SES Volunteers Association of WA

One Association - Many Values

07/09/2012 – Injured Walker uses GPS to get help

Injured Bibbulmun hiker uses GPS to alert partner in Queensland, via text message.  A 44-YEAR-old Queensland woman had to be rescued last night from the Bibbulmun Track after rendering herself unconscious and injuring her leg.   Mother-of-three Nivia Pryor, 44, from Brisbane, was hiking alone on the Bibbulmun Track in the Perth Hills yesterday to raise money for an autism charity.  One of her three children has autism.

Her partner notified WA police as soon as he received the emergency alert and a search party was sent to the area.  Ms Pryor today told how she slipped and fell in wet, treacherous conditions and smashed her head on a rock and damaged her knee.  She believes she was unconscious for about four hours, before she regained her senses and activated her GPS, known as a “Find Me Spot”.  

The device sent an SMS alert to her partner Michael’s phone and email in Brisbane, telling him exactly where she was.  Her partner notified WA police as soon as he received the emergency alert and a search party was sent to the area.  Ms Pryor was found just after 6pm on the southern side of the Mundaring Weir, a major catchment dam and tourist attraction in the Perth Hills, about 45km from the city.

“It was very, very  wet weather and it actually just hailed,” Ms Pryor said today as she was reunited with police who helped find her late yesterday.  “I was heading down a gully and I slipped  . . . I’ve banged my head on a rock as I’ve gone down and felt my knee twist. 
“And then I’ve sort of come to and I’ve looked at my watch and it had actually been a few hours.”

After regaining consciousness Ms Pryor pressed a button on the GPS known as a “come help me button” which sent her exact coordinates to her partner’s phone and email address in Brisbane.  “I was colder than normal, very dazed and my knee was blown up, there was no way I was going anywhere.”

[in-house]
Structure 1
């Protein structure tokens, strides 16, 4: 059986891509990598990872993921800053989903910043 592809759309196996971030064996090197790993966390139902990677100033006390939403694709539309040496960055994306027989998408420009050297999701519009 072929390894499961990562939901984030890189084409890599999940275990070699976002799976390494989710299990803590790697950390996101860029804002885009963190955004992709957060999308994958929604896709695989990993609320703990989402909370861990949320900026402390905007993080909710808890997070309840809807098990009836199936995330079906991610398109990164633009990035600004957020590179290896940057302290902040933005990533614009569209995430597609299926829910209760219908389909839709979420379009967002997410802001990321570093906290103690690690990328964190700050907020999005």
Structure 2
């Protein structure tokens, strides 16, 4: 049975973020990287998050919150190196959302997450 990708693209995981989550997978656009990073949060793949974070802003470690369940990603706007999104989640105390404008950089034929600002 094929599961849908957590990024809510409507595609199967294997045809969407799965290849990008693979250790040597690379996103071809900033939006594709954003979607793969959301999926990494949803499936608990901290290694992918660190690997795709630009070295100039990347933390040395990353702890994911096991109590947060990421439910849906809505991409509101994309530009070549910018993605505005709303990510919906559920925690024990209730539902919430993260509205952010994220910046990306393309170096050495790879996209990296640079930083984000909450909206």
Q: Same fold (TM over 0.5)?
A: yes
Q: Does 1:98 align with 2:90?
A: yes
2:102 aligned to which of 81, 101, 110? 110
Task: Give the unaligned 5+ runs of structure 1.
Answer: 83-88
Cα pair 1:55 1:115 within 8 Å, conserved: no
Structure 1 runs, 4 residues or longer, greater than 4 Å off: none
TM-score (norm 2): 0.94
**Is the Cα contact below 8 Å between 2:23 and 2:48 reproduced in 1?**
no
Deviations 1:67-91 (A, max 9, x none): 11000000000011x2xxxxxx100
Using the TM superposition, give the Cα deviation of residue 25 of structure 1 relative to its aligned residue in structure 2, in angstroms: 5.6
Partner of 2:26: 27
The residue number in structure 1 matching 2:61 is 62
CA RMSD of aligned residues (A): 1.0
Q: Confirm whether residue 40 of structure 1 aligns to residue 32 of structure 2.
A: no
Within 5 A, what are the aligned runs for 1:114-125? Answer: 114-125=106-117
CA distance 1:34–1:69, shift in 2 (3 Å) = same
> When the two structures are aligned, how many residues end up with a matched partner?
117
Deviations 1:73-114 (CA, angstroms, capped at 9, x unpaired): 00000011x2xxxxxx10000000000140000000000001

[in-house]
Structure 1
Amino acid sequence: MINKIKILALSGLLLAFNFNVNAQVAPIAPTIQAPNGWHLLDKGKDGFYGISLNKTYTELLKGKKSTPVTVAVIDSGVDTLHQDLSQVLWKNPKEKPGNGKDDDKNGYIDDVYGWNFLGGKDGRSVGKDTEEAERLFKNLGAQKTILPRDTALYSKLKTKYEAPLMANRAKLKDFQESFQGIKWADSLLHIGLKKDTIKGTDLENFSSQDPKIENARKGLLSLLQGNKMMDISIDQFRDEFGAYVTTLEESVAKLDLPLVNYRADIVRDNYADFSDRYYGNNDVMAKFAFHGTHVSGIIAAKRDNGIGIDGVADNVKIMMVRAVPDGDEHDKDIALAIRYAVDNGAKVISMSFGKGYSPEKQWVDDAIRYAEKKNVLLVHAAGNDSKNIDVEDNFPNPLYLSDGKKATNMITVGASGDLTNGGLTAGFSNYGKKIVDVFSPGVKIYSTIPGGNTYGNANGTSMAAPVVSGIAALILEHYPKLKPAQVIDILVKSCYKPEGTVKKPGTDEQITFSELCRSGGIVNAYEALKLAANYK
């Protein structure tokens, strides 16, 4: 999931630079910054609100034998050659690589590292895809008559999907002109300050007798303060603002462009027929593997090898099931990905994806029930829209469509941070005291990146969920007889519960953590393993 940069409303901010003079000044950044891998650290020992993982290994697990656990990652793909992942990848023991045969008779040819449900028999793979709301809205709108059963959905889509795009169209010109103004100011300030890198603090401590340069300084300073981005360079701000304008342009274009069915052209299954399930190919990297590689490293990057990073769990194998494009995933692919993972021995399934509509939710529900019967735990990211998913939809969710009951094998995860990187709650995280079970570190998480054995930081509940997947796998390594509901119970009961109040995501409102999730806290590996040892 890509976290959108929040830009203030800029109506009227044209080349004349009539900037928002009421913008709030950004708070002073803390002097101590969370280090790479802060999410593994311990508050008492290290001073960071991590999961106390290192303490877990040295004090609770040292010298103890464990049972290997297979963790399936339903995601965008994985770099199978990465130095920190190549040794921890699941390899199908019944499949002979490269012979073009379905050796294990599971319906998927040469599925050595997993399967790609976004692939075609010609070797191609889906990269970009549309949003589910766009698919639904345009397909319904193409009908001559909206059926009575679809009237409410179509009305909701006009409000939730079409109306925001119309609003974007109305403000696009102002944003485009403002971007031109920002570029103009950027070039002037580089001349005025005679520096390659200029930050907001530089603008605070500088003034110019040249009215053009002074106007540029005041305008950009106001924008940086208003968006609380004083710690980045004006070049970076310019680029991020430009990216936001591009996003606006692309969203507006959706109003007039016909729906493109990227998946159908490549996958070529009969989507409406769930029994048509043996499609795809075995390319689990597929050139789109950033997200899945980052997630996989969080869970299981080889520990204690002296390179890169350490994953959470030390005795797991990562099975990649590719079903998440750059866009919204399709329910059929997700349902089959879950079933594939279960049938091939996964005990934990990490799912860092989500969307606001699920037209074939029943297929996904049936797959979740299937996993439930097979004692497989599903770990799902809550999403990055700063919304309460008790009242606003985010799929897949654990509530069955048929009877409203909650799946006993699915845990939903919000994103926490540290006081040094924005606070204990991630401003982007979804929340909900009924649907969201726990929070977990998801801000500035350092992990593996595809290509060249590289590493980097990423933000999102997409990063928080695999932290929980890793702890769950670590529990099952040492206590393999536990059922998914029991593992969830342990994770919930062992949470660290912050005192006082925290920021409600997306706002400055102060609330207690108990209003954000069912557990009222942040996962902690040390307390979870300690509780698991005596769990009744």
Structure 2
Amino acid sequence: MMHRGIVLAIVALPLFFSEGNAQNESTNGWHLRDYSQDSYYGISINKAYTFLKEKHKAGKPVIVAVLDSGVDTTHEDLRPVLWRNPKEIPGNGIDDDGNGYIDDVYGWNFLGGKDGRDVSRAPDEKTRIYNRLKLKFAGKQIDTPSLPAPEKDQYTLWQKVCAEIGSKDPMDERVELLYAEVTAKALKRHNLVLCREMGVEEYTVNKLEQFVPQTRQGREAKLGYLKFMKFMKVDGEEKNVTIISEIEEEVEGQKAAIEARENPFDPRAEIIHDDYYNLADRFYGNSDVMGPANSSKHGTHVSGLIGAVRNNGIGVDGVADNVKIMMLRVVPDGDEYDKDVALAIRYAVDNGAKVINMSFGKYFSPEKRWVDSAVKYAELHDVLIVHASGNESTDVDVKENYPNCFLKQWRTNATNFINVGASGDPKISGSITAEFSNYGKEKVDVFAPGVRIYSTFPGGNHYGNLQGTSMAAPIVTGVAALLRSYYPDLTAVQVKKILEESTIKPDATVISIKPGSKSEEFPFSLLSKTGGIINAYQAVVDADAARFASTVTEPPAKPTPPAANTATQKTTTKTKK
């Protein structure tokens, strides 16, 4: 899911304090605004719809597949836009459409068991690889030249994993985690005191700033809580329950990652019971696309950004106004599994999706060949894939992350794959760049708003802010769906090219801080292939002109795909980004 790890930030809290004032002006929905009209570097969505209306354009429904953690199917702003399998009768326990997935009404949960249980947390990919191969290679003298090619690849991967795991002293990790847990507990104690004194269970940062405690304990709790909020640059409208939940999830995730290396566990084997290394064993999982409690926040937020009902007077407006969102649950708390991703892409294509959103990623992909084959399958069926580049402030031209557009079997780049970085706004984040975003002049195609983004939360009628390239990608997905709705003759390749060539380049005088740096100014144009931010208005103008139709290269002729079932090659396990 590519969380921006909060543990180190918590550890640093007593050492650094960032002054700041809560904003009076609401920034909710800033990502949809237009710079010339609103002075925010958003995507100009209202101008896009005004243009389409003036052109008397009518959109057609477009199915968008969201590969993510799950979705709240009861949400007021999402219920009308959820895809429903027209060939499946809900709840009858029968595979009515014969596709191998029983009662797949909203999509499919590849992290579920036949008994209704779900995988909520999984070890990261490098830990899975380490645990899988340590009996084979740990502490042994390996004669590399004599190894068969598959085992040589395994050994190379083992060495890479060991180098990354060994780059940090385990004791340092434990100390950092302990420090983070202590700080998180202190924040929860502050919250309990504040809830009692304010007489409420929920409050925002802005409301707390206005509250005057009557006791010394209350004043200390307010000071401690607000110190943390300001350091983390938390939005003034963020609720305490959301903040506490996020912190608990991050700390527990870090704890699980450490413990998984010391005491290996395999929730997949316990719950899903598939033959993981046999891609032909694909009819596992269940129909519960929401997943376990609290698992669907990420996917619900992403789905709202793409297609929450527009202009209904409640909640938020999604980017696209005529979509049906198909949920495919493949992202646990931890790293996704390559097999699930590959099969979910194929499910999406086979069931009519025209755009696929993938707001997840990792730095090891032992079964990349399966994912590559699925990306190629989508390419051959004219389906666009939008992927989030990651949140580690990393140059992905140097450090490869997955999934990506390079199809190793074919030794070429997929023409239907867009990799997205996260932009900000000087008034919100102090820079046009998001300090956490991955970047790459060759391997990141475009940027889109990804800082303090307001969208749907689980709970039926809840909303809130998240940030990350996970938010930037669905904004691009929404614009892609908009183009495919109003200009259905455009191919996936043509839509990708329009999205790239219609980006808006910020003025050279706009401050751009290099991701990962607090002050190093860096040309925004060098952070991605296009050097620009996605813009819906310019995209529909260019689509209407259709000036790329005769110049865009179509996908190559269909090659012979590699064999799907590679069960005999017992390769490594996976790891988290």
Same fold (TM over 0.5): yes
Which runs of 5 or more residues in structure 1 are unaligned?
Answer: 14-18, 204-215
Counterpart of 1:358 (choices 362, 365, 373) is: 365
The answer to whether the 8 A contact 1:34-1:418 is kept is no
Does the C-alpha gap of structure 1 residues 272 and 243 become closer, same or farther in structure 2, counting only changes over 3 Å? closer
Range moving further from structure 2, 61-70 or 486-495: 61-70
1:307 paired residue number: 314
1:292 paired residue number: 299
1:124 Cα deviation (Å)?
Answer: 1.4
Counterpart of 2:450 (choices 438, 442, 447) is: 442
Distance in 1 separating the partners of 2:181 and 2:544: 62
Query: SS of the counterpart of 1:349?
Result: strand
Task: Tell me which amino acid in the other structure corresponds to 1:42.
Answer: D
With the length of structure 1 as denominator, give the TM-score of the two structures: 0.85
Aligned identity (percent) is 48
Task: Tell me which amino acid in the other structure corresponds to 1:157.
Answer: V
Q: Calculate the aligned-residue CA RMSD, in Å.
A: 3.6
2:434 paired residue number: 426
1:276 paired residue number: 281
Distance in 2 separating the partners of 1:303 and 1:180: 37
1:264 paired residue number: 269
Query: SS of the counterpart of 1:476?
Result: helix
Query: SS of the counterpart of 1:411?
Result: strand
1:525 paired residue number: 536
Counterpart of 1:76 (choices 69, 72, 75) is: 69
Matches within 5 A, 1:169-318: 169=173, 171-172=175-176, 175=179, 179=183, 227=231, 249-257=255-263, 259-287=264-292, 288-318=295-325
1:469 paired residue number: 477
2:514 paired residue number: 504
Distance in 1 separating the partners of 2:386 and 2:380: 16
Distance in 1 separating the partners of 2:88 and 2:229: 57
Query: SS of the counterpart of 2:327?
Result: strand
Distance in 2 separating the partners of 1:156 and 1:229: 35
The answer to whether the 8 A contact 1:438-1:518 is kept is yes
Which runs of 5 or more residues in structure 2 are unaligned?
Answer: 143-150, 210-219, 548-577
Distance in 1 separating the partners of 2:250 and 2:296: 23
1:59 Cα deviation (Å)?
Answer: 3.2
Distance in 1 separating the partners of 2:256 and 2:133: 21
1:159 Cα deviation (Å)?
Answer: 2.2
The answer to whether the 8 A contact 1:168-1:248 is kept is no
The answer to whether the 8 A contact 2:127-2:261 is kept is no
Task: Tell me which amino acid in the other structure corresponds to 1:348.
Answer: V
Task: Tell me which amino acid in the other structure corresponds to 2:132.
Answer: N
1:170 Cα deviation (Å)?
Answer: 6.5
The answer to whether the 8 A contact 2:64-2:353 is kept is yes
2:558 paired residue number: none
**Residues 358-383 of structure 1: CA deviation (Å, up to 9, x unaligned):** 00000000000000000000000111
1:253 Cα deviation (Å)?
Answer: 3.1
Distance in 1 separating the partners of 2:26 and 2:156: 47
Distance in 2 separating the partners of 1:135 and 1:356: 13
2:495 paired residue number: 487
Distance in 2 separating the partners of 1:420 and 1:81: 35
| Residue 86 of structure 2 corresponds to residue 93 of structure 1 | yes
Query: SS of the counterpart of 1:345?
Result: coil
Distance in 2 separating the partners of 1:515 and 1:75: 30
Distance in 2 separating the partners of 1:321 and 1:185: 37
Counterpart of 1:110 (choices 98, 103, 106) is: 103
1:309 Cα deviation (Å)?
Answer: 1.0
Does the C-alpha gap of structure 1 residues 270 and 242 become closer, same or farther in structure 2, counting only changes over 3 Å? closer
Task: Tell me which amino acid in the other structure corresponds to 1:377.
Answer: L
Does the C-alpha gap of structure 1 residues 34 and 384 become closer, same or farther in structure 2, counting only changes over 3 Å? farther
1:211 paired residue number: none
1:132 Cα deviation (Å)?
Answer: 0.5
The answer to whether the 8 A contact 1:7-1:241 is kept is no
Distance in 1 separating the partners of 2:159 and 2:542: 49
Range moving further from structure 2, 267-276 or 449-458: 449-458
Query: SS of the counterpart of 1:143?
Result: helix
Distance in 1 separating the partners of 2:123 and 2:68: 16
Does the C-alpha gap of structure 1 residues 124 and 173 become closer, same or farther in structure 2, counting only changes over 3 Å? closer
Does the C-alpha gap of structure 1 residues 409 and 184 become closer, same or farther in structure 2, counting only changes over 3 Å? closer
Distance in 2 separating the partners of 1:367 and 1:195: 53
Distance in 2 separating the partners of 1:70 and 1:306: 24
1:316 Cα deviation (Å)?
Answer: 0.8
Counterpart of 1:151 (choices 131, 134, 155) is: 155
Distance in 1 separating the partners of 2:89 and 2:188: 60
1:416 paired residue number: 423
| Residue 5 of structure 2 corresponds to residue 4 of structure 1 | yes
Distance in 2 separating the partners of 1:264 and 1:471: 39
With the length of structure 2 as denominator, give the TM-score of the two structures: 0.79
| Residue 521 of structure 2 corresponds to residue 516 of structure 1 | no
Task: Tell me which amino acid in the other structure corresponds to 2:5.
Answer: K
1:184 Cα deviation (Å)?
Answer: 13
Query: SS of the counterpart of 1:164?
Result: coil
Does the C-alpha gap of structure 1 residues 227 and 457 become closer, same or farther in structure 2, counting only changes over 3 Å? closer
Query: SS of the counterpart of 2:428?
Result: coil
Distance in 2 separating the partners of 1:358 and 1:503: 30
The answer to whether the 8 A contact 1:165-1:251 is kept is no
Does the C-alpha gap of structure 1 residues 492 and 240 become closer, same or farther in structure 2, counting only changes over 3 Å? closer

The GPS device cost about $150, she said.  “I’ve had it for a while  . .  it is very important to use,” she said.

The Bibbulmun Track is one of the world’s great long distance walk trails, stretching nearly 1000km from Kalamunda in the Hills, to Albany on the south coast, winding through the heart of South West.  Mundaring Police Senior Constable Rick Cook and his partner flanked by DEC ranger Paul Udinga sprung into action about 4pm to find Ms Pryor after they got word she was missing somewhere around Mundaring Weir.

The trio needed a four-wheel-drive to access the rugged terrain to get to where she was.  “Paul and I have looked for people on the Bibbulmun Track before and it has taken us hours to locate people,” Sen Constable Cook said.  “In this case we went straight to her. It’s a brilliant device that saved her life, I believe.”  “It’s very rugged terrain out there.”  Sen Constable Cook said Ms Pryor was very cold, tired and distressed when they found her.

She was taken to Swan Districts Hospital for treatment, but later released suffering minor injuries. 

 A relieved Nivia Pryor shows off her GPS which she used to send an emergency message after she slipped and fell on the Bibbulmun Track yesterday. Picture: Richard Polden Source: PerthNow
Source: Phil Hickey From: PerthNow September 06, 2012 9:51AM

For more information about “Find me Spot”: http://www.findmespot.net.au/

Disclaimer: The SESVA provides this link as information. The association is not advocating the device or the service as an rescue tool. You will have to make your own decision about the device and service if it will meet your outback” rescue or communication plans.

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